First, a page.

The Reluctant Armchair Auditor

Sorting spending fact from fiction

Posts Tagged ‘potholes

Localism: the reality ‘pothole’

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I spent Christmas on retreat with a large parcel of reading to catch up with. Anyone who thought coalition government would strangle the volume of paper flowing from the initiative engine room down by the Thames was clearly barking up the wrong tree. Each department seems to have decided it’s Year Zero.

In my experience there’s an absolute correlation between the quality and quantum of the capacity available to deliver change and its success. Public sector careers are littered with experiences of sweeping up after disastrous change programmes whose benefits were sketchy to start with and never got close to being realised.

For the first time in the experience of almost anyone but the hardiest veterans of public service we face rapidly reducing public expenditure coupled with enormous and complex reform of public services. Less money and fewer people to do more work. All the ingredients of a perfect public policy storm.

A certain amount of change is inevitable with any new government but my clients have now suffered a severe sense of humour failure. But, although the lights are on in Whitehall, there’s no evidence that there’s anyone home listening.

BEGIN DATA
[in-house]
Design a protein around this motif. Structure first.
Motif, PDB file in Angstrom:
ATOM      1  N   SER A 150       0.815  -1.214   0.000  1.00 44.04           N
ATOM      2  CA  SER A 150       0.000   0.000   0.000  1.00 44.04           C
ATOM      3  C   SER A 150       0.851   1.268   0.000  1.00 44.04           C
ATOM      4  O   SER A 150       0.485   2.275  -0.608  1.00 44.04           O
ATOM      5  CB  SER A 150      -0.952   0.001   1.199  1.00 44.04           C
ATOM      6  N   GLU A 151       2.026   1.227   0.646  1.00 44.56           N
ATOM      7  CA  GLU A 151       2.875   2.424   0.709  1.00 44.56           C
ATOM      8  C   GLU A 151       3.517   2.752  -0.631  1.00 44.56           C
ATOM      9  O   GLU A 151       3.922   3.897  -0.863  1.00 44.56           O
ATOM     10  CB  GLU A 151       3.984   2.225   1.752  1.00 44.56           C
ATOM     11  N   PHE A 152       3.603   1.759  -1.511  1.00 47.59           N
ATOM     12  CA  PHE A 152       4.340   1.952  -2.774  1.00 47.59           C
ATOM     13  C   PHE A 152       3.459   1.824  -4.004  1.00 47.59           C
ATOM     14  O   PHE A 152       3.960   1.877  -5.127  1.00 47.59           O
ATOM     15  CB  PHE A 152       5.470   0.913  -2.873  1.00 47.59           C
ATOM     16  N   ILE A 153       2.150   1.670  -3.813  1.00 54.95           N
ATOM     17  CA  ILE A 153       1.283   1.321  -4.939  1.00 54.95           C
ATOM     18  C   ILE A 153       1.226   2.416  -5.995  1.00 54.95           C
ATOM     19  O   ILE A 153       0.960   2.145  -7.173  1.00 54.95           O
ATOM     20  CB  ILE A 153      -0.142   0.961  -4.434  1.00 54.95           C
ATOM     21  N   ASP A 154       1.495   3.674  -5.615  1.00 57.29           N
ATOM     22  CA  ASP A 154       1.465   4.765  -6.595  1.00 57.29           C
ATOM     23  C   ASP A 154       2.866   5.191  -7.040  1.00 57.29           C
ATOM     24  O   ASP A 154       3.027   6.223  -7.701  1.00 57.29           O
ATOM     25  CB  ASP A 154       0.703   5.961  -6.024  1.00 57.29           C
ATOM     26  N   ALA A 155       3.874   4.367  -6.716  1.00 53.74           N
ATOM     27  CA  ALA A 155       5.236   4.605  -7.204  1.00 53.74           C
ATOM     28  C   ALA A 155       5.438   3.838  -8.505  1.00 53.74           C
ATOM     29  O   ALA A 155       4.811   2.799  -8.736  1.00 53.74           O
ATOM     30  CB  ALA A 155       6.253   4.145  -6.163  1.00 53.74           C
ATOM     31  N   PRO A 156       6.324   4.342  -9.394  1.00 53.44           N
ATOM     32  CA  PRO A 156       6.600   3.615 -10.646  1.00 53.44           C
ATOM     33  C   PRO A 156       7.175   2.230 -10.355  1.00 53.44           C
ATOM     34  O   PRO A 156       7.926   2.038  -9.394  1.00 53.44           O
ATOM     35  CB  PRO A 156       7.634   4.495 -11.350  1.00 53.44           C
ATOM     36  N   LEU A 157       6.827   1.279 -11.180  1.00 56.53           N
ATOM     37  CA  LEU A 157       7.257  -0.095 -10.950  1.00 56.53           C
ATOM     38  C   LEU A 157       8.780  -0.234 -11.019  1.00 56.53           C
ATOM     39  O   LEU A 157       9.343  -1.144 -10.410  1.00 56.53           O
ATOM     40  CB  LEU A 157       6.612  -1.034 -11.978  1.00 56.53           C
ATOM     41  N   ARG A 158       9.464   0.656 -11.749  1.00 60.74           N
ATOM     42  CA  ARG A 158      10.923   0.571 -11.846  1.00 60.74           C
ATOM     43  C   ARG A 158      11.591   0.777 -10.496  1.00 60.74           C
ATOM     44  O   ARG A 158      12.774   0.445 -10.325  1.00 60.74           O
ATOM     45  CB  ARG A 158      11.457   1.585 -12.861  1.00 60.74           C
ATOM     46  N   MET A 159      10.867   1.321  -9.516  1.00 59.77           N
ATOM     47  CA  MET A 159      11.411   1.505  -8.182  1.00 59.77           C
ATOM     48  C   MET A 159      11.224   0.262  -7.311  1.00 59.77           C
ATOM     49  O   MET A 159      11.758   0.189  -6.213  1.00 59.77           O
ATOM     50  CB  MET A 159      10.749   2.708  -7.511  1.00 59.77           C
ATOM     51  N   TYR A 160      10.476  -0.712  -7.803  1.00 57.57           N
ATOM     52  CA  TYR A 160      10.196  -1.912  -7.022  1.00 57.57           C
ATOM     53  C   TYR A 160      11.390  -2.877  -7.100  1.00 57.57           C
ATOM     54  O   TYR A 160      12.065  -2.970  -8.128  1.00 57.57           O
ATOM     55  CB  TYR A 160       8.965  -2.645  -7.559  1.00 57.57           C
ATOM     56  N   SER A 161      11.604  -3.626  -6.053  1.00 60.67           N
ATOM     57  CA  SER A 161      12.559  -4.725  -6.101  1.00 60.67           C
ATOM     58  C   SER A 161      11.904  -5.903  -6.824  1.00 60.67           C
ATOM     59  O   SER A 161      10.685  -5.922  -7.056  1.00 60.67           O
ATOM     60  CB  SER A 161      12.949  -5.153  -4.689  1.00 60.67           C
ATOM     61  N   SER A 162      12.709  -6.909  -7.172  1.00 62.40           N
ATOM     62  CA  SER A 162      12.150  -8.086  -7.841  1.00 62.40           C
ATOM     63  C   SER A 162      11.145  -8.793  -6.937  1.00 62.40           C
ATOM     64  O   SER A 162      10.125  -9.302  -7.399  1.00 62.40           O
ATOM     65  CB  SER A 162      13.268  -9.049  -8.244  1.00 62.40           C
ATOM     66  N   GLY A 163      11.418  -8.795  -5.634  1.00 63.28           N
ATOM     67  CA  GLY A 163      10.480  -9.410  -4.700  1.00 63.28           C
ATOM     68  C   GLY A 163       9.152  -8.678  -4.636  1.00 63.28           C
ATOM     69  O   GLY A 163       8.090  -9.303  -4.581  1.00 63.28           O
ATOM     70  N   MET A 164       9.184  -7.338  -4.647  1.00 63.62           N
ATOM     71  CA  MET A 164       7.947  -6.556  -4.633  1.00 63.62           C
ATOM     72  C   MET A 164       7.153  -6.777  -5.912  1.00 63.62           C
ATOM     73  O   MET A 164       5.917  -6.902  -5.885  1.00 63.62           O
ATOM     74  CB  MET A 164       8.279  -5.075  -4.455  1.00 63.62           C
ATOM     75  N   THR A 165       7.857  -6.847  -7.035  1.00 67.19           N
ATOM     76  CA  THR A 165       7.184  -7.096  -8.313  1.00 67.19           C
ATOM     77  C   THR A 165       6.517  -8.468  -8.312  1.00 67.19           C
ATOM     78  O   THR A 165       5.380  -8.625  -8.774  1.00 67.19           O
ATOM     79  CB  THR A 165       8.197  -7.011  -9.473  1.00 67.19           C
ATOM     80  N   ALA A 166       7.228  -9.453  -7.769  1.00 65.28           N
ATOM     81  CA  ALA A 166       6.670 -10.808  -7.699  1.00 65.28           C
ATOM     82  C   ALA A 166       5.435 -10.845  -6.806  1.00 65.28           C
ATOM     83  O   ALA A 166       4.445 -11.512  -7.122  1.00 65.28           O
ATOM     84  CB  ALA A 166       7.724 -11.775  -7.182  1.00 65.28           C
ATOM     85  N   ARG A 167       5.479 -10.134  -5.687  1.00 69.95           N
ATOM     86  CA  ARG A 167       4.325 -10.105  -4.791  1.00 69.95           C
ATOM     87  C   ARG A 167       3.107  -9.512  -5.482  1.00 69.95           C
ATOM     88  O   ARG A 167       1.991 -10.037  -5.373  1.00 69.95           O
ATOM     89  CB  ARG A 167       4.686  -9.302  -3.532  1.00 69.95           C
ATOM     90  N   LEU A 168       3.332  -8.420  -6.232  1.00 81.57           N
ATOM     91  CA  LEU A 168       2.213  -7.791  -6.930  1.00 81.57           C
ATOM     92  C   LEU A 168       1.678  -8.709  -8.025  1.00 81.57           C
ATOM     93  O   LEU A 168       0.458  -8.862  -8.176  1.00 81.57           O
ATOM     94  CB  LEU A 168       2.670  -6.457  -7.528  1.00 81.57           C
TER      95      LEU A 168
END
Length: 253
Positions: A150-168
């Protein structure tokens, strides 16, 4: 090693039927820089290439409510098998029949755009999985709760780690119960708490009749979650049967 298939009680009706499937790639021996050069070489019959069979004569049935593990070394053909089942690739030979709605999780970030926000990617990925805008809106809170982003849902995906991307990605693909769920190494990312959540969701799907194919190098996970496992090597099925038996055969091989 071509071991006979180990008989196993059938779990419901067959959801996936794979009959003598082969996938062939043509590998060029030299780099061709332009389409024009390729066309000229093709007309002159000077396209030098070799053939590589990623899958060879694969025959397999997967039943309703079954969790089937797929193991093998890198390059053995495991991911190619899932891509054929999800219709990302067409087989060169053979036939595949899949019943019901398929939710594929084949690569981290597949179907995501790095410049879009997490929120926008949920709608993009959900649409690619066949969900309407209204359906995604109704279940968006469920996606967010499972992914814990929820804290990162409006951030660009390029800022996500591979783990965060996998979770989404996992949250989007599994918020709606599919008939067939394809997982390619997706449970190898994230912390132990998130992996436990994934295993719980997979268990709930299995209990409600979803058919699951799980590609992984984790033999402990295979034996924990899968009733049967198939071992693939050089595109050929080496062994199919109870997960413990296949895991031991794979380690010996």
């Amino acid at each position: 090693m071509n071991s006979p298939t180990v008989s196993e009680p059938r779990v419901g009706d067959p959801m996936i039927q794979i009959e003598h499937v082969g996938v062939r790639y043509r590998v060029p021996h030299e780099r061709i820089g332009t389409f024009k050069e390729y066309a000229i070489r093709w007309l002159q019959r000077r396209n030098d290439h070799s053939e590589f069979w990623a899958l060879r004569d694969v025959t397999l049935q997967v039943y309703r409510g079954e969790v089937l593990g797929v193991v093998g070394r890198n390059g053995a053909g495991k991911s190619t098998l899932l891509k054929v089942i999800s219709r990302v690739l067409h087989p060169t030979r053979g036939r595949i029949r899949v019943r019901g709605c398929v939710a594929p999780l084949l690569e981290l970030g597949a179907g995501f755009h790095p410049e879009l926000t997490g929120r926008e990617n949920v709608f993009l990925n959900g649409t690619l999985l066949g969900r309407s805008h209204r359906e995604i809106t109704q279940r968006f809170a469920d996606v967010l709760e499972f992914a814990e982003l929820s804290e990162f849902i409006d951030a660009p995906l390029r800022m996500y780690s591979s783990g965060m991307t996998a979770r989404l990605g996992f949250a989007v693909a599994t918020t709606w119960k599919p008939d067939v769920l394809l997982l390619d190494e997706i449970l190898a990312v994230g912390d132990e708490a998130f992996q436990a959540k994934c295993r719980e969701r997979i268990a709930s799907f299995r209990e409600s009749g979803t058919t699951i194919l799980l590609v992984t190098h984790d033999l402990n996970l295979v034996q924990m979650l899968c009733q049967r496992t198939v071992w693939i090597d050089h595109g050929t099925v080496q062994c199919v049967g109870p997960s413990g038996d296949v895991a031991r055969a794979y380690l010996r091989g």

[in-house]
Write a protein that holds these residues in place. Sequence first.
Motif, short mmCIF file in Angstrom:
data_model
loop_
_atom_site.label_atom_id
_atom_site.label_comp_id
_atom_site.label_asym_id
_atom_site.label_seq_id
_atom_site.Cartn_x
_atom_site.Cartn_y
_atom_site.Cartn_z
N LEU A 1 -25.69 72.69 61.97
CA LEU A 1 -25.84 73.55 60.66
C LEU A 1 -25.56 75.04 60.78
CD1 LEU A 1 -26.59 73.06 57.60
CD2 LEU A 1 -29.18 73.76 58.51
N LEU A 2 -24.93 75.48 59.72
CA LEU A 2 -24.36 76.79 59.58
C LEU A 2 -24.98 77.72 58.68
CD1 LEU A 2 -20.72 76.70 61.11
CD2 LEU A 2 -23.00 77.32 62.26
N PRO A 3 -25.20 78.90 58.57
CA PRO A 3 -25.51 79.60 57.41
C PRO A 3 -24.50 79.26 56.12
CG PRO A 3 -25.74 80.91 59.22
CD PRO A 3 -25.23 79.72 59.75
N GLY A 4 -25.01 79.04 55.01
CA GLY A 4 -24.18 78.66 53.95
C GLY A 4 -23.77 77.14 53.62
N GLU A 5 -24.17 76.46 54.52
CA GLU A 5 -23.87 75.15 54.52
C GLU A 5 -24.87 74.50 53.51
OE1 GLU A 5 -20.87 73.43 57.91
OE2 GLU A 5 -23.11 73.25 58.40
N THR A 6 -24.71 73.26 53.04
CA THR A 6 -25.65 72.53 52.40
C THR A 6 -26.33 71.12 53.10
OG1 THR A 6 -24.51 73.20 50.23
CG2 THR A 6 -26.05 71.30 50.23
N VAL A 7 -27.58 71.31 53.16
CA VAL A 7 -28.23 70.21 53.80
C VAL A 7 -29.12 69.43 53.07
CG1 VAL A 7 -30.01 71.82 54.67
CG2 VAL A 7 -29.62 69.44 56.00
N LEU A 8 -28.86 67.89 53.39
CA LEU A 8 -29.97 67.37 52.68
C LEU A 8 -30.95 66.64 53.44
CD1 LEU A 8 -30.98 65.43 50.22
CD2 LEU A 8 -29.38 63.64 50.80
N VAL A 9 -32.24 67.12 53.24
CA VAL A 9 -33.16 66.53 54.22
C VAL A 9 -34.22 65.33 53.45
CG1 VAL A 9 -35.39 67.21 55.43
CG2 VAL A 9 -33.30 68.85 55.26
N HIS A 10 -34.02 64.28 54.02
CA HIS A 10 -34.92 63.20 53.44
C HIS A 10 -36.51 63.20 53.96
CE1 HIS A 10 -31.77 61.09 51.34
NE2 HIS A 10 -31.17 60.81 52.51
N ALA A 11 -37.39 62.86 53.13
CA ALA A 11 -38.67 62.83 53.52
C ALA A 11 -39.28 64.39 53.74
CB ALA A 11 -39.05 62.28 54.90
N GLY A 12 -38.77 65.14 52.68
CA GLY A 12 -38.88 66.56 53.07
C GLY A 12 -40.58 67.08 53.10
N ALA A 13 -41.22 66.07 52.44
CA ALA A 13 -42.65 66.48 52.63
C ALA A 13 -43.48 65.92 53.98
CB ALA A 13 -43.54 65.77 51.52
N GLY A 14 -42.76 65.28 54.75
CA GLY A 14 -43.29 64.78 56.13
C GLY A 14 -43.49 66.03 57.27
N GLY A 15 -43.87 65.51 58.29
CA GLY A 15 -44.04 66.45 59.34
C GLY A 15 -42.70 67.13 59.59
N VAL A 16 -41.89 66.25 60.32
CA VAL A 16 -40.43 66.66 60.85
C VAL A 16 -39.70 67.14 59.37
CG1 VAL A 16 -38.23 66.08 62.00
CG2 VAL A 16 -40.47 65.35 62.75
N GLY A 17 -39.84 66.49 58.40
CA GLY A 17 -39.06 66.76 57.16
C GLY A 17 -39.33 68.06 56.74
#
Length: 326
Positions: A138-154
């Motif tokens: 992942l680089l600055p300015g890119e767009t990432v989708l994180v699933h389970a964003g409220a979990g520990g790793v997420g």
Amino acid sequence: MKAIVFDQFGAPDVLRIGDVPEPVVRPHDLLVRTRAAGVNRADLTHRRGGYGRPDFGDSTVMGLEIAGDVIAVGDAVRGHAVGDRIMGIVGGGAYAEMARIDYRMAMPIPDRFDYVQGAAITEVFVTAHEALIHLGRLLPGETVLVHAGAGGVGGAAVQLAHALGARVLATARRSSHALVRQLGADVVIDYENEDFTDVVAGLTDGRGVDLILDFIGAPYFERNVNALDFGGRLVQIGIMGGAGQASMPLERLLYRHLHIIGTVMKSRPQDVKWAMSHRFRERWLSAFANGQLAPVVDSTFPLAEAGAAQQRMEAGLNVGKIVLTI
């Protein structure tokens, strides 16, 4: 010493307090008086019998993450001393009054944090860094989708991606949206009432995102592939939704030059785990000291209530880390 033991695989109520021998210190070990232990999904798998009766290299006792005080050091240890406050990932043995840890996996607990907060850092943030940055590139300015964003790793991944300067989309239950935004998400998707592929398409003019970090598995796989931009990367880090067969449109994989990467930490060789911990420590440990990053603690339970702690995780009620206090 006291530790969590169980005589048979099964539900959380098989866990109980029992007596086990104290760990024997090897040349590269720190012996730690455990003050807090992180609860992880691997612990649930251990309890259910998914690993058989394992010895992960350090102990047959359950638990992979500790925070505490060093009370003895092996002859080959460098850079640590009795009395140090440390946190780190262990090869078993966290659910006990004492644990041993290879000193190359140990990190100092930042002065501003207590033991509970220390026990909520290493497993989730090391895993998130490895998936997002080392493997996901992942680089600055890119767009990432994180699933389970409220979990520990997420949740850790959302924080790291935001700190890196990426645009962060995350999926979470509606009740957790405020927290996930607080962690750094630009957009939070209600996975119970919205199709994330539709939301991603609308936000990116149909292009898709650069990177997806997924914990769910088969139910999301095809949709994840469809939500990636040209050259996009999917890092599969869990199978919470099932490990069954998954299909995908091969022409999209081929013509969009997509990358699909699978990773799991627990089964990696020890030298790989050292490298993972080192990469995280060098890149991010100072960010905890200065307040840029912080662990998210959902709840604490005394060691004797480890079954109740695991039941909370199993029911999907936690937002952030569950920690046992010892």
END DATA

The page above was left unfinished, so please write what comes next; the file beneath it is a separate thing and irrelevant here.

Instead what local public service organisations get for raising queries about the direction and pace of change is the chance to get publicly rubbished by an administration which seems fixated on rubbish collections.

I listened to a minister from CLG yesterday on my way home, interviewed alongside the Leader of Exeter. The minister had written to all councils to admonish them for failing to collect household rubbish over the Christmas holidays. The Leader at Exeter – a council in the ministerial sights – made two not unreasonable points: it had been a tad snowy; and, even if his troops had worked throughout Christmas the Council would have had nowhere to stick the waste collected because it’s not the waste disposal authority (WDA). The WDA’s dumps were, of course, closed on the public holidays over the break.

Few things seem to galvanise the CLG ministerial team more than the question of rubbish collection. Yesterday the minister repeated the old canard on the radio that the move by councils to alternative weekly collections of waste and recyclables was forced on them by a government/Audit Commission plot. Local politicians will tell you this isn’t true. The Audit Commission has also made it plain that this simply is not true. Perhaps if it gets repeated often enough it might become true in some magical and unexpected way. (Sorry, I happened to see Peter Pan over the holidays and yes, I believe in fairies.) You can read the Audit Commission correspondence here.